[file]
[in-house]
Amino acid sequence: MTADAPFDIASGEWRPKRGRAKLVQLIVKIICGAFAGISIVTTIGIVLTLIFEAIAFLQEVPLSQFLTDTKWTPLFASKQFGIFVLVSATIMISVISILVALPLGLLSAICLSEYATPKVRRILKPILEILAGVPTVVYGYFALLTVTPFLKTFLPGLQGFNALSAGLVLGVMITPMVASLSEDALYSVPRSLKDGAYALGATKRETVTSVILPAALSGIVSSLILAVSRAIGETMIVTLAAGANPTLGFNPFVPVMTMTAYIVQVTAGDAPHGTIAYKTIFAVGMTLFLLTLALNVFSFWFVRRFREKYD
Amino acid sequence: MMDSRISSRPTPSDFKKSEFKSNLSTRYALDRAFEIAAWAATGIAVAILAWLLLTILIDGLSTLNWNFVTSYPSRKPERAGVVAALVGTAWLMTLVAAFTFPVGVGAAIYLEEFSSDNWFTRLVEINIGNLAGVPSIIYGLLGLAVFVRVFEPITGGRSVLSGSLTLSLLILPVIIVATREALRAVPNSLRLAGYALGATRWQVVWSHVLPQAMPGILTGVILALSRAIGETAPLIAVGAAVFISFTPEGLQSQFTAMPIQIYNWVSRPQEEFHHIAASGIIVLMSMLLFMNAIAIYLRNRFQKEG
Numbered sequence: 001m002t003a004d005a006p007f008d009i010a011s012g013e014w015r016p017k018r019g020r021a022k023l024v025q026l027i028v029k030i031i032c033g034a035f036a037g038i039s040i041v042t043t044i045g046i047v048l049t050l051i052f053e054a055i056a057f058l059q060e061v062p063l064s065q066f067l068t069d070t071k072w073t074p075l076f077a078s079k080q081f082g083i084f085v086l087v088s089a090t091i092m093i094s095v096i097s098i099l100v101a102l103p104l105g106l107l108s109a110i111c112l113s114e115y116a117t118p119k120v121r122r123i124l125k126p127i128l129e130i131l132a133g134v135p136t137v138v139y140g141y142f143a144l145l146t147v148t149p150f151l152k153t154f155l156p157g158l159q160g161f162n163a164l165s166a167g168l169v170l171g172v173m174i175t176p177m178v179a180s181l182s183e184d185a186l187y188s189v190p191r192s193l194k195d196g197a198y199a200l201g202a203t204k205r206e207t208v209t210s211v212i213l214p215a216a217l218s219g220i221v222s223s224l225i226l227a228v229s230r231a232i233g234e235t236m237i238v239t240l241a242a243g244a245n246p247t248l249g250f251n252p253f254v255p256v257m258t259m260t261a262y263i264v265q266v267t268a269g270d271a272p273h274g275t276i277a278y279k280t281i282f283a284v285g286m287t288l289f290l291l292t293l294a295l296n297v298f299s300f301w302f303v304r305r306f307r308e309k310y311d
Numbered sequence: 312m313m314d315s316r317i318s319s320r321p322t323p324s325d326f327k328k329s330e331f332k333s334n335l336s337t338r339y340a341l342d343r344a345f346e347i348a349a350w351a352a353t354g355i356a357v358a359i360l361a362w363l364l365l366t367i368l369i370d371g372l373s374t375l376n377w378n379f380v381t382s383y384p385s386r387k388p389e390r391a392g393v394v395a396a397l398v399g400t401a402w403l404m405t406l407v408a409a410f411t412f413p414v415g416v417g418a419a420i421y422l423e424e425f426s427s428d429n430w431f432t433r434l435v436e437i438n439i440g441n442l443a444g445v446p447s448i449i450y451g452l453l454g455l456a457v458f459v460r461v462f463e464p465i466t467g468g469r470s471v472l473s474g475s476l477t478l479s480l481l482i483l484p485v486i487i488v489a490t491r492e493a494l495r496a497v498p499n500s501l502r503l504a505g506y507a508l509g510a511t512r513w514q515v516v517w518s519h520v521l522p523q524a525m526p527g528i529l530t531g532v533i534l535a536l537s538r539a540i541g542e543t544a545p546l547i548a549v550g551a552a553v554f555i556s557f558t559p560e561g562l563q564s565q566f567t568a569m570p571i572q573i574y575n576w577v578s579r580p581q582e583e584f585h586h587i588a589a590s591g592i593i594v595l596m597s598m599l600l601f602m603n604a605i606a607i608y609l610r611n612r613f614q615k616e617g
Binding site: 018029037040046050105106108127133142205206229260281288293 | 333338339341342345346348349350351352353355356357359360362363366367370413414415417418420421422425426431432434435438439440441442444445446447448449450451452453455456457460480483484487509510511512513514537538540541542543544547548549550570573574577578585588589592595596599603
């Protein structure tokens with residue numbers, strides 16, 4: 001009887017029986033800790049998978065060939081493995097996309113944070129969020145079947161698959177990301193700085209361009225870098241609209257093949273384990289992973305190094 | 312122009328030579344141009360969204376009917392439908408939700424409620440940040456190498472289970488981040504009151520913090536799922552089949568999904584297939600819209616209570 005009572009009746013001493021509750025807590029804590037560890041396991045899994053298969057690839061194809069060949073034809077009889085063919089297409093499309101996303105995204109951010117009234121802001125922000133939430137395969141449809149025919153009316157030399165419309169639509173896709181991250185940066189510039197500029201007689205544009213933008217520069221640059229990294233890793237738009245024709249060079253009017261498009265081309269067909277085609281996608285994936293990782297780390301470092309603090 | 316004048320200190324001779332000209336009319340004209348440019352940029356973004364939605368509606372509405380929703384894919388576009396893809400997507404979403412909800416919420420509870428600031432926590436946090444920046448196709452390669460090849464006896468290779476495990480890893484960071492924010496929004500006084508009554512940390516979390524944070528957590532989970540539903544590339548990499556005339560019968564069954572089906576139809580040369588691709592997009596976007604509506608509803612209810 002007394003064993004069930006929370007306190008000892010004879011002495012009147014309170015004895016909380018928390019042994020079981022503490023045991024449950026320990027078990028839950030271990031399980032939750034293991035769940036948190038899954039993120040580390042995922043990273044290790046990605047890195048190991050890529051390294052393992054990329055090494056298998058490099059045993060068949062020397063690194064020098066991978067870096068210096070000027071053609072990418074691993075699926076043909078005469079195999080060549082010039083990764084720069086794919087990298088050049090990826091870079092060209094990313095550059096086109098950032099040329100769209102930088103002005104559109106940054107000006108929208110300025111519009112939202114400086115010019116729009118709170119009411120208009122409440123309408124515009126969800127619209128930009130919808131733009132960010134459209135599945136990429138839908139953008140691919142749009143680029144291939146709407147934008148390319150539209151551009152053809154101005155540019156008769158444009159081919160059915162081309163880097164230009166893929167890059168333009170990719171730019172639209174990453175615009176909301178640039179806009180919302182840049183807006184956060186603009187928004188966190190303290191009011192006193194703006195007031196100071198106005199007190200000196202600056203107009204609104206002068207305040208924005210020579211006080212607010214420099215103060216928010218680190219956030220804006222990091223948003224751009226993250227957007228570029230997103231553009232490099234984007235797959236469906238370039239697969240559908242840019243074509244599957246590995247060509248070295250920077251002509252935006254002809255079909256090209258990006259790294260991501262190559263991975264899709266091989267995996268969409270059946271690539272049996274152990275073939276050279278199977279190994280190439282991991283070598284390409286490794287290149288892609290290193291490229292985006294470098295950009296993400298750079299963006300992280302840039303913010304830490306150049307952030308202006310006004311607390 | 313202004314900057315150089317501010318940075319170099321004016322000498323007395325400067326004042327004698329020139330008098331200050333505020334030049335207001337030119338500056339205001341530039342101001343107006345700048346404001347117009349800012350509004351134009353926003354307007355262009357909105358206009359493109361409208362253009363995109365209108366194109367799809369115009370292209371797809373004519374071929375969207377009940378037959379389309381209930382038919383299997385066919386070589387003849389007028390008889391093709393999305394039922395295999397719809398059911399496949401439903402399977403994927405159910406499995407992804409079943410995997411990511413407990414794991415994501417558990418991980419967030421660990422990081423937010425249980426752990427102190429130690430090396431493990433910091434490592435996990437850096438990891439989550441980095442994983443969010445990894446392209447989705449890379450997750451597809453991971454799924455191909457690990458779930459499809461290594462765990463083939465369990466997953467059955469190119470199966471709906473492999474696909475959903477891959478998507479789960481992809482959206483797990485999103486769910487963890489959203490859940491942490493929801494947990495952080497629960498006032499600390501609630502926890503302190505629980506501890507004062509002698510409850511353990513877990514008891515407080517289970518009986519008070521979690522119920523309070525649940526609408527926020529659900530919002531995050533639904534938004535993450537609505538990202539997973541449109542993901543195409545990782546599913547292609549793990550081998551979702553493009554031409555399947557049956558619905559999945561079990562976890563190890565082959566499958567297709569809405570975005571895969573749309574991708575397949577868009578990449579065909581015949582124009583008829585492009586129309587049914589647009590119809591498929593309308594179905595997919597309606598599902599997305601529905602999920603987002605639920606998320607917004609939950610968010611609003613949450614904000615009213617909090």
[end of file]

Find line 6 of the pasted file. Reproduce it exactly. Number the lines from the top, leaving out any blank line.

Binding site: 018029037040046050105106108127133142205206229260281288293 | 333338339341342345346348349350351352353355356357359360362363366367370413414415417418420421422425426431432434435438439440441442444445446447448449450451452453455456457460480483484487509510511512513514537538540541542543544547548549550570573574577578585588589592595596599603